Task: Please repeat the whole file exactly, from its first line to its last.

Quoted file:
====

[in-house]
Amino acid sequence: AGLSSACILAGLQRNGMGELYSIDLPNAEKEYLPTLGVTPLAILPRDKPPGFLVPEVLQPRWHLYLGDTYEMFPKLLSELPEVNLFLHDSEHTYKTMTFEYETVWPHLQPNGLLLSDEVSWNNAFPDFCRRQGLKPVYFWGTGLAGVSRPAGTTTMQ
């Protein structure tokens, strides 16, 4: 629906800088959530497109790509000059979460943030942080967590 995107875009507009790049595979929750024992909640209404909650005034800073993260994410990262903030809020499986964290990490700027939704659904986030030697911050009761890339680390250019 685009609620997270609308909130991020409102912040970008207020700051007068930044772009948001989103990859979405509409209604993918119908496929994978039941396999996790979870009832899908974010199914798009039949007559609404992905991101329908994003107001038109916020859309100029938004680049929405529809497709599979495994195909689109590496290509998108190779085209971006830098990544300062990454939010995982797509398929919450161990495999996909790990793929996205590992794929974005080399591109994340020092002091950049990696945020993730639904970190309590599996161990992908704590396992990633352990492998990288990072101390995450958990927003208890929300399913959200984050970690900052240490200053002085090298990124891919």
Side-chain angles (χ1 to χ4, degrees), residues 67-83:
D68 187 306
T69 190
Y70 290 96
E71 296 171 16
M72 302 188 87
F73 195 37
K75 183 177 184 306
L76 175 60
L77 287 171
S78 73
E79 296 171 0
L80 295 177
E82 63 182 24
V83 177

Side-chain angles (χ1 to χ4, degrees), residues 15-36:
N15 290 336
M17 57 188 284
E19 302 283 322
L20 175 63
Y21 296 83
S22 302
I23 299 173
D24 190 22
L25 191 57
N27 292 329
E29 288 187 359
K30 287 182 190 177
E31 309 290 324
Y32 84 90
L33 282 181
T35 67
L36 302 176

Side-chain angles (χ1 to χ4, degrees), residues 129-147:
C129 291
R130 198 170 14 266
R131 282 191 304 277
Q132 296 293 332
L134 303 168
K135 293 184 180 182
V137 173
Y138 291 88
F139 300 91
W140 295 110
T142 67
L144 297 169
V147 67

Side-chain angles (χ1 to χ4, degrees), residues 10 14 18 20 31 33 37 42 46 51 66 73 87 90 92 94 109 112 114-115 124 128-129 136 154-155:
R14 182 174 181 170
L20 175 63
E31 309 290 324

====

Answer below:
[in-house]
Amino acid sequence: AGLSSACILAGLQRNGMGELYSIDLPNAEKEYLPTLGVTPLAILPRDKPPGFLVPEVLQPRWHLYLGDTYEMFPKLLSELPEVNLFLHDSEHTYKTMTFEYETVWPHLQPNGLLLSDEVSWNNAFPDFCRRQGLKPVYFWGTGLAGVSRPAGTTTMQ
């Protein structure tokens, strides 16, 4: 629906800088959530497109790509000059979460943030942080967590 995107875009507009790049595979929750024992909640209404909650005034800073993260994410990262903030809020499986964290990490700027939704659904986030030697911050009761890339680390250019 685009609620997270609308909130991020409102912040970008207020700051007068930044772009948001989103990859979405509409209604993918119908496929994978039941396999996790979870009832899908974010199914798009039949007559609404992905991101329908994003107001038109916020859309100029938004680049929405529809497709599979495994195909689109590496290509998108190779085209971006830098990544300062990454939010995982797509398929919450161990495999996909790990793929996205590992794929974005080399591109994340020092002091950049990696945020993730639904970190309590599996161990992908704590396992990633352990492998990288990072101390995450958990927003208890929300399913959200984050970690900052240490200053002085090298990124891919």
Side-chain angles (χ1 to χ4, degrees), residues 67-83:
D68 187 306
T69 190
Y70 290 96
E71 296 171 16
M72 302 188 87
F73 195 37
K75 183 177 184 306
L76 175 60
L77 287 171
S78 73
E79 296 171 0
L80 295 177
E82 63 182 24
V83 177

Side-chain angles (χ1 to χ4, degrees), residues 15-36:
N15 290 336
M17 57 188 284
E19 302 283 322
L20 175 63
Y21 296 83
S22 302
I23 299 173
D24 190 22
L25 191 57
N27 292 329
E29 288 187 359
K30 287 182 190 177
E31 309 290 324
Y32 84 90
L33 282 181
T35 67
L36 302 176

Side-chain angles (χ1 to χ4, degrees), residues 129-147:
C129 291
R130 198 170 14 266
R131 282 191 304 277
Q132 296 293 332
L134 303 168
K135 293 184 180 182
V137 173
Y138 291 88
F139 300 91
W140 295 110
T142 67
L144 297 169
V147 67

Side-chain angles (χ1 to χ4, degrees), residues 10 14 18 20 31 33 37 42 46 51 66 73 87 90 92 94 109 112 114-115 124 128-129 136 154-155:
R14 182 174 181 170
L20 175 63
E31 309 290 324